"Jimmy is a racer's racer. An in-the-blood, down to the bone, racer," said Bob Osborne, crew chief for Carl Edwards. "I'm honored that my first team engineer position was under Jimmy with the 6 car. I learned a lot about racing, setting up race cars and calling races, by being able to sit down with him on a daily basis. He's a fabulous crew chief. He's by far one of the best crew chiefs in the garage area, leaps and bounds better than I am, I think. He is one of those guys that's good at everything he does within this racing organization. He excelled as the R&D leader, and he's excelling again as a crew chief."

Roush joked Saturday night that Fennig was "an instant success story" -- after all, he and Kenseth won in just their 26th race together. The car owner knows better. Fennig has done just about everything there is to do at Roush, working with five different drivers in several different capacities. If anything, you get the impression that Fennig was somewhat happy in his R&D position, and had to be prodded to step back into the spotlight.

"Jimmy is a consummate stock car racer. He can run your R&D team. He can take your rookie driver. Heck, he even won a championship with Kurt Busch. He can do anything. That was the biggest job I've ever seen done in terms of a driver crew chief managing a program to get the most out of it," Roush said, taking a jab at his temperamental ex-driver.

"Jimmy is one of the guys I look to to give me advice behind and around and above the engineers on what's right and what's wrong about our deal. Nobody did a better job running our R&D program than Jimmy. And when we went through a number of crew chiefs trying to find a combination that would be best for Matt through kind of the dark days when it seemed like we couldn't get it right, Jimmy was well burrowed into the R&D thing. He was having a good time. He was taking his race team without fans and without TV and without the sanctioning body. He was going out and running his program to find out how to make his race car fast. You don't have the freedoms at the race track that you have in R&D when you can organize your tests and all your components. But Jimmy stepped back up and jumped in front, and he's done a better job than I think anybody could today with Matt."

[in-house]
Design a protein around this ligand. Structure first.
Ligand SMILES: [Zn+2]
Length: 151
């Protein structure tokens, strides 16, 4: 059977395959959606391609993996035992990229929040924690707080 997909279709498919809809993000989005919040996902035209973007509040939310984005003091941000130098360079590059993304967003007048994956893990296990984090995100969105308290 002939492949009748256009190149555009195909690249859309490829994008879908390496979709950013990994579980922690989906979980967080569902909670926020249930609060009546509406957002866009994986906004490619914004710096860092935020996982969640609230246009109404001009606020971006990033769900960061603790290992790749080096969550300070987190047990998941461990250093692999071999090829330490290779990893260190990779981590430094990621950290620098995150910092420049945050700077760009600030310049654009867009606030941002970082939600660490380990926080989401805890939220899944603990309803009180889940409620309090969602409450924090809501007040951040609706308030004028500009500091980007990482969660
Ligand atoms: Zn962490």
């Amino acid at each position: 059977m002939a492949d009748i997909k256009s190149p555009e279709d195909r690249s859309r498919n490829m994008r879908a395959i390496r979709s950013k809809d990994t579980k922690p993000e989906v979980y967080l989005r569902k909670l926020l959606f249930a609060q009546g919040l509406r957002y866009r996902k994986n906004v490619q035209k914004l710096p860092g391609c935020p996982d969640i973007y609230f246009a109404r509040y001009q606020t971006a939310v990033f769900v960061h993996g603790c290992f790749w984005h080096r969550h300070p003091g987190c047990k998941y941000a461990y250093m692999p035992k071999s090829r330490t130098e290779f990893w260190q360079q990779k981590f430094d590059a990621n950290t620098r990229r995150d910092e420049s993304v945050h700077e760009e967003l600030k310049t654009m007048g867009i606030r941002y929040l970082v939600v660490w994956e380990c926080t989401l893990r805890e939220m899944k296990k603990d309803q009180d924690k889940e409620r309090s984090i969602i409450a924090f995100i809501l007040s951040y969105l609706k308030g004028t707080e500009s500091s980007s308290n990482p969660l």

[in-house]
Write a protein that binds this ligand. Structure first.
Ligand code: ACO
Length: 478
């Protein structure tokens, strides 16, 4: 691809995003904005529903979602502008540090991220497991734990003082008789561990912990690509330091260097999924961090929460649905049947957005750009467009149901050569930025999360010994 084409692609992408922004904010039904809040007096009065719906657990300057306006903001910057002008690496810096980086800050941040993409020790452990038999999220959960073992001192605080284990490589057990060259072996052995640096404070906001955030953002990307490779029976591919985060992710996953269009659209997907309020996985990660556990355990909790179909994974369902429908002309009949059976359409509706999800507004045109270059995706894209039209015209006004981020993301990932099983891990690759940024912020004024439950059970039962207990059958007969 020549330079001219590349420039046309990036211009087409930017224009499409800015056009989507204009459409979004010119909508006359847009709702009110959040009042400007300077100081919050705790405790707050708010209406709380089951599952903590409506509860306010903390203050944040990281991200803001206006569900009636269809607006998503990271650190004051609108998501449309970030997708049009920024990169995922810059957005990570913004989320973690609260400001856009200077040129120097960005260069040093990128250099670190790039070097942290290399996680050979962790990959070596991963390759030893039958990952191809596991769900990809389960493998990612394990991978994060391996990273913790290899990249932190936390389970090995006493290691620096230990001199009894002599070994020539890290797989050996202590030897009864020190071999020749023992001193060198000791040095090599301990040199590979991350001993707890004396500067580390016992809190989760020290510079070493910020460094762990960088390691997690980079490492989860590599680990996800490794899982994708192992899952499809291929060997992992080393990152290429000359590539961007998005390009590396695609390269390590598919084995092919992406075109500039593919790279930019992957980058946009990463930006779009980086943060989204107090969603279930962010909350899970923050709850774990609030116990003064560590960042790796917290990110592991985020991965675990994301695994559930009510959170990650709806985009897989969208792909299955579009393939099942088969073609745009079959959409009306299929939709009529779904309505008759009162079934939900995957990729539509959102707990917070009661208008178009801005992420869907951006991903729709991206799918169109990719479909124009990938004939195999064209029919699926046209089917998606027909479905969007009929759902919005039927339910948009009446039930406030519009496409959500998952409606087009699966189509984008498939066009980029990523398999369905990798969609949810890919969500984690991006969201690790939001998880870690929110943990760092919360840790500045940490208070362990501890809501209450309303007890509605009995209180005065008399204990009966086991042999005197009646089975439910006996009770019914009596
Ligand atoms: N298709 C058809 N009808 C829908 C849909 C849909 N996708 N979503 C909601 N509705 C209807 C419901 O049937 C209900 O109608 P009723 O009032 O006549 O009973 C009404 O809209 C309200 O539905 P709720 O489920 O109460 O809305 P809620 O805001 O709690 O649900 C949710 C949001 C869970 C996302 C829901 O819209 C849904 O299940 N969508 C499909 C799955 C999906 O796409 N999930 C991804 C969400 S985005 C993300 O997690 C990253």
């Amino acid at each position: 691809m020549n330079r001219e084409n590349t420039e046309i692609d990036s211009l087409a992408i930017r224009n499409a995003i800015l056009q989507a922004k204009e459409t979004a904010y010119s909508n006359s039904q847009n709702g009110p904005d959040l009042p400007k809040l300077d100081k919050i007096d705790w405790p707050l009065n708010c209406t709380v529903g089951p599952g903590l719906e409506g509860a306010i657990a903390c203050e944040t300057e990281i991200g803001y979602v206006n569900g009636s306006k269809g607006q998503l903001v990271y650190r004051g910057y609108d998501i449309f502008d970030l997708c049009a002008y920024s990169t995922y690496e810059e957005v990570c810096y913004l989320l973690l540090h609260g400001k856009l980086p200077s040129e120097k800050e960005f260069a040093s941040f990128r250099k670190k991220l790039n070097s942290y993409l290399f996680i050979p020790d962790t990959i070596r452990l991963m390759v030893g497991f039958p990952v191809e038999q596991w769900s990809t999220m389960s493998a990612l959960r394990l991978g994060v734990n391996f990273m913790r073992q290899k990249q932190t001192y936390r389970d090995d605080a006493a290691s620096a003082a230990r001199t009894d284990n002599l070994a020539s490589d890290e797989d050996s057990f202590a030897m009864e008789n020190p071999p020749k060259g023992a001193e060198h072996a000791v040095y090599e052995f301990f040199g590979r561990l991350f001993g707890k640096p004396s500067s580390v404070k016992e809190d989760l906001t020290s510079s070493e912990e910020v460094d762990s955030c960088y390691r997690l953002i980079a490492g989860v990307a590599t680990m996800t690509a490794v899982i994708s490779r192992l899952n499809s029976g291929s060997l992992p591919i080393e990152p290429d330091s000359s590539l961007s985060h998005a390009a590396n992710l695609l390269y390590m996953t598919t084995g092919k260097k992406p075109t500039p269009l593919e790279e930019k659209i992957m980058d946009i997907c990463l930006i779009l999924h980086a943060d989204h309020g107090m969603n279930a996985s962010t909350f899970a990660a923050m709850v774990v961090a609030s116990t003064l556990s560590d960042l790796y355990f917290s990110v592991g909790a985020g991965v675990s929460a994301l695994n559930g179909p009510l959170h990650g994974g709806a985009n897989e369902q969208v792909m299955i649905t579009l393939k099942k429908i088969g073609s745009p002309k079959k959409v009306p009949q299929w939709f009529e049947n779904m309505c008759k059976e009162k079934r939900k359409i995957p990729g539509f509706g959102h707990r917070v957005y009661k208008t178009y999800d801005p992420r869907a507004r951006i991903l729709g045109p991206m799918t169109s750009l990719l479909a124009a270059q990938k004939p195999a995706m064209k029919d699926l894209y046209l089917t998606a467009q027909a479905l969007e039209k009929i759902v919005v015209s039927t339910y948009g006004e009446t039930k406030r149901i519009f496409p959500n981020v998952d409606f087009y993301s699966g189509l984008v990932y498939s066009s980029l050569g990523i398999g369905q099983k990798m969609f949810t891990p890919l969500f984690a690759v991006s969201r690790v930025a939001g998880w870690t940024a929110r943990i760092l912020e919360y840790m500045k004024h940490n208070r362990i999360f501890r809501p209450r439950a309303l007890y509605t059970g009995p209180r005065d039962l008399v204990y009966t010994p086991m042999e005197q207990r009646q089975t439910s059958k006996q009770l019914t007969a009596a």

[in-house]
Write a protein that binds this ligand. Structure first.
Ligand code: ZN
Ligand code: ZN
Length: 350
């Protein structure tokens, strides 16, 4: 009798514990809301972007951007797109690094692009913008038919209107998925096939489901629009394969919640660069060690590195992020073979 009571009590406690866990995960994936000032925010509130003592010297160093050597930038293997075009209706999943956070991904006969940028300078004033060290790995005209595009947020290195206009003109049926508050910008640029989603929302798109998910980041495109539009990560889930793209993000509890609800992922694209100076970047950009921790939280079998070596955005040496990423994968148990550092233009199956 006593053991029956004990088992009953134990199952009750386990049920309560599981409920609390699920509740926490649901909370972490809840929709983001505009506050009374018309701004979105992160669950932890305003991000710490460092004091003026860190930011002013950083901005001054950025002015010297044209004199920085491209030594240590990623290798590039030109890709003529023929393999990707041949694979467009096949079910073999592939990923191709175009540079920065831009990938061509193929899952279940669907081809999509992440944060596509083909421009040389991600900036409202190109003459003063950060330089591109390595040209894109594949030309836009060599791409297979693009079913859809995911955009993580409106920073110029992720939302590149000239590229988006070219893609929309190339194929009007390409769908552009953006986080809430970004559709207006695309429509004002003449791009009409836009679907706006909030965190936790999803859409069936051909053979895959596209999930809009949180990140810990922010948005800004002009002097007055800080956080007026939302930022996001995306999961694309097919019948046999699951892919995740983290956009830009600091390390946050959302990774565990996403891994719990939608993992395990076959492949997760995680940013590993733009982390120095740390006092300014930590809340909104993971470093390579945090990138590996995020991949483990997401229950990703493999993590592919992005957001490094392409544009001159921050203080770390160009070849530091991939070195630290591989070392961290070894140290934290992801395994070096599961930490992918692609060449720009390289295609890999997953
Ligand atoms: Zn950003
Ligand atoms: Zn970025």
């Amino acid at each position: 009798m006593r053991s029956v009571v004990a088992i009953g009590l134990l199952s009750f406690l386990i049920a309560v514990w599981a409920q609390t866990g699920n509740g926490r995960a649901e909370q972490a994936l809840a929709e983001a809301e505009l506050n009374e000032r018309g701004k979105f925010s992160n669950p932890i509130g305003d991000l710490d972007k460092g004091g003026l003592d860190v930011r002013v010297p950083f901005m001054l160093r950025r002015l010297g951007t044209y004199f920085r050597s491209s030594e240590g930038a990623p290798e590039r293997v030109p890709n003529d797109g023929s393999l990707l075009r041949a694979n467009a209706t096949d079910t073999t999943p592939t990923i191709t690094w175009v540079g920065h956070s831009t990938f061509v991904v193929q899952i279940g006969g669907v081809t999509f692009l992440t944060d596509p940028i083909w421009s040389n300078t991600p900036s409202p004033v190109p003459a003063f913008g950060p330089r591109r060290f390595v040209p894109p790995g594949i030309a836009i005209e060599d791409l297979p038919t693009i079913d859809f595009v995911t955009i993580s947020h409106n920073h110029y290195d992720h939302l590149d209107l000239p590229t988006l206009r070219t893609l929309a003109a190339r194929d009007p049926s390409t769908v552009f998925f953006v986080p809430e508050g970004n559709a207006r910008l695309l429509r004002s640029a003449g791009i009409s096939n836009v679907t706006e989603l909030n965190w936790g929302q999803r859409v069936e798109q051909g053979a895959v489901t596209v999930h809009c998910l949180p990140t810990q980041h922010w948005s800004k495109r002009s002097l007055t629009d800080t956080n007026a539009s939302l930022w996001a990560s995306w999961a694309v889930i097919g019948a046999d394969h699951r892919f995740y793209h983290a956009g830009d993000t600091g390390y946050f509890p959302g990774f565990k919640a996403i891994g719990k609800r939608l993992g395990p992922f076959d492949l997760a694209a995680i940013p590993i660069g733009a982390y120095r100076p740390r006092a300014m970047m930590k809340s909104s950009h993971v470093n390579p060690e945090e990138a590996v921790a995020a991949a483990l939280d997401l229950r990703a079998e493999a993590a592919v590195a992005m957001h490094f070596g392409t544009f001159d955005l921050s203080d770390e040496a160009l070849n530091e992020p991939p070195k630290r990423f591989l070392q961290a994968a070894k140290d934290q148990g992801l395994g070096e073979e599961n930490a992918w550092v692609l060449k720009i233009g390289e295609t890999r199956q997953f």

The results are evident. Kenseth ended 2010 with a strong finishing kick, scoring top-10s in five of his final eight starts, and dominated Saturday night at Texas by leading nine times for 169 laps. Nobody could catch him. He enjoyed leads of seven and eight seconds during certain parts of the race, and weathered a few threats by drivers trying to stretch fuel mileage -- including one such gambit by Busch, his old teammate and Fennig's former charge -- to win convincingly.

"I've felt better the last six months. Everything's been looking up," Kenseth said. "Certainly the previous 12 months before that were frustrating for me, and as you start to get a little older, and you're not getting the results, and it's been over two years since we've won -- you can't help but thinking, 'OK, is this the way it's going to go? Are we going to keep trickling backward?' You just keep working as hard as you can at it, and try to get the cars as best you can, and then hopefully you'll have some more chances to win. But it certainly gives you more confidence, and it's a big relief to get back to Victory Lane and break that winless streak. It's been a long time."

It had been a long time, for Kenseth as well as Fennig. Saturday night, for both men, those long waits at last came to an end.

The opinions expressed are solely those of the writer.